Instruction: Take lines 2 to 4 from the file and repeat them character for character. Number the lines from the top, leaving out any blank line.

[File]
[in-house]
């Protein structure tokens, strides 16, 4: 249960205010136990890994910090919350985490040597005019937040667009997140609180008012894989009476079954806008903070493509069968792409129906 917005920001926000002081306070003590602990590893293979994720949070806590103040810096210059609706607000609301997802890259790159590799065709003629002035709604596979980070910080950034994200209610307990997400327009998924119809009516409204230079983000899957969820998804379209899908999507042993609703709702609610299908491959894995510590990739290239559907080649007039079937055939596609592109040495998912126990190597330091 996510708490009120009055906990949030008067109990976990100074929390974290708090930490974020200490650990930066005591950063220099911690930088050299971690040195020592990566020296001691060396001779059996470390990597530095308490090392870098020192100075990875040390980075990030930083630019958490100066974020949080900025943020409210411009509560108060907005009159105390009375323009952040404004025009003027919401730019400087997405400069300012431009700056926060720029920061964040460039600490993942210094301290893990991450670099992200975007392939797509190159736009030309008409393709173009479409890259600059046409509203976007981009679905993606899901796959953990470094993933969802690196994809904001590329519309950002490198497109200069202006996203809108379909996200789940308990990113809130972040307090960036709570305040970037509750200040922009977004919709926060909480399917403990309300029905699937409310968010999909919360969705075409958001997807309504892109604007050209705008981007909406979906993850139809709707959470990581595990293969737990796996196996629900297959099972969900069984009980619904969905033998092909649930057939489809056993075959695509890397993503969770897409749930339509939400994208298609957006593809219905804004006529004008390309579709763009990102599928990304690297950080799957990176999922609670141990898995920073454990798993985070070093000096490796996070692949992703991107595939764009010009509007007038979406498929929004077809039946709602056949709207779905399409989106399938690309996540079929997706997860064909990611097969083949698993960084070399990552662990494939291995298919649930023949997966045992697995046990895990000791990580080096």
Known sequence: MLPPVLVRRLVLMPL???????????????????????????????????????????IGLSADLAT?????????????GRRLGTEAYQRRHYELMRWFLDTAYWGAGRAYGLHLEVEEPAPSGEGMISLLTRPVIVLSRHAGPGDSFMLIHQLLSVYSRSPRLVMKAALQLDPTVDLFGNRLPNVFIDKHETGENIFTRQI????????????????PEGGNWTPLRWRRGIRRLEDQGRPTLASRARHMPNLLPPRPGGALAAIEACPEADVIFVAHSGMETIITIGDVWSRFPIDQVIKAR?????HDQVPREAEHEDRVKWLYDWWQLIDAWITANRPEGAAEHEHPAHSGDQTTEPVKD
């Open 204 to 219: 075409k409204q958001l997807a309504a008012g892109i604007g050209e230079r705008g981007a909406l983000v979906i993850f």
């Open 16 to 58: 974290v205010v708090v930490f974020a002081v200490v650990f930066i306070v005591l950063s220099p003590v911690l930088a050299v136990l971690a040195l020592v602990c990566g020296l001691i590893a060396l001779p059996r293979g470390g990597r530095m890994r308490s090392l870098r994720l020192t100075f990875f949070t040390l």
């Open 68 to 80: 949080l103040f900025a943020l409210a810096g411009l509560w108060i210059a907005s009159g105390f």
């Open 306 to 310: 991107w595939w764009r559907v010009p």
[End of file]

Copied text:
């Protein structure tokens, strides 16, 4: 249960205010136990890994910090919350985490040597005019937040667009997140609180008012894989009476079954806008903070493509069968792409129906 917005920001926000002081306070003590602990590893293979994720949070806590103040810096210059609706607000609301997802890259790159590799065709003629002035709604596979980070910080950034994200209610307990997400327009998924119809009516409204230079983000899957969820998804379209899908999507042993609703709702609610299908491959894995510590990739290239559907080649007039079937055939596609592109040495998912126990190597330091 996510708490009120009055906990949030008067109990976990100074929390974290708090930490974020200490650990930066005591950063220099911690930088050299971690040195020592990566020296001691060396001779059996470390990597530095308490090392870098020192100075990875040390980075990030930083630019958490100066974020949080900025943020409210411009509560108060907005009159105390009375323009952040404004025009003027919401730019400087997405400069300012431009700056926060720029920061964040460039600490993942210094301290893990991450670099992200975007392939797509190159736009030309008409393709173009479409890259600059046409509203976007981009679905993606899901796959953990470094993933969802690196994809904001590329519309950002490198497109200069202006996203809108379909996200789940308990990113809130972040307090960036709570305040970037509750200040922009977004919709926060909480399917403990309300029905699937409310968010999909919360969705075409958001997807309504892109604007050209705008981007909406979906993850139809709707959470990581595990293969737990796996196996629900297959099972969900069984009980619904969905033998092909649930057939489809056993075959695509890397993503969770897409749930339509939400994208298609957006593809219905804004006529004008390309579709763009990102599928990304690297950080799957990176999922609670141990898995920073454990798993985070070093000096490796996070692949992703991107595939764009010009509007007038979406498929929004077809039946709602056949709207779905399409989106399938690309996540079929997706997860064909990611097969083949698993960084070399990552662990494939291995298919649930023949997966045992697995046990895990000791990580080096």
Known sequence: MLPPVLVRRLVLMPL???????????????????????????????????????????IGLSADLAT?????????????GRRLGTEAYQRRHYELMRWFLDTAYWGAGRAYGLHLEVEEPAPSGEGMISLLTRPVIVLSRHAGPGDSFMLIHQLLSVYSRSPRLVMKAALQLDPTVDLFGNRLPNVFIDKHETGENIFTRQI????????????????PEGGNWTPLRWRRGIRRLEDQGRPTLASRARHMPNLLPPRPGGALAAIEACPEADVIFVAHSGMETIITIGDVWSRFPIDQVIKAR?????HDQVPREAEHEDRVKWLYDWWQLIDAWITANRPEGAAEHEHPAHSGDQTTEPVKD
């Open 204 to 219: 075409k409204q958001l997807a309504a008012g892109i604007g050209e230079r705008g981007a909406l983000v979906i993850f």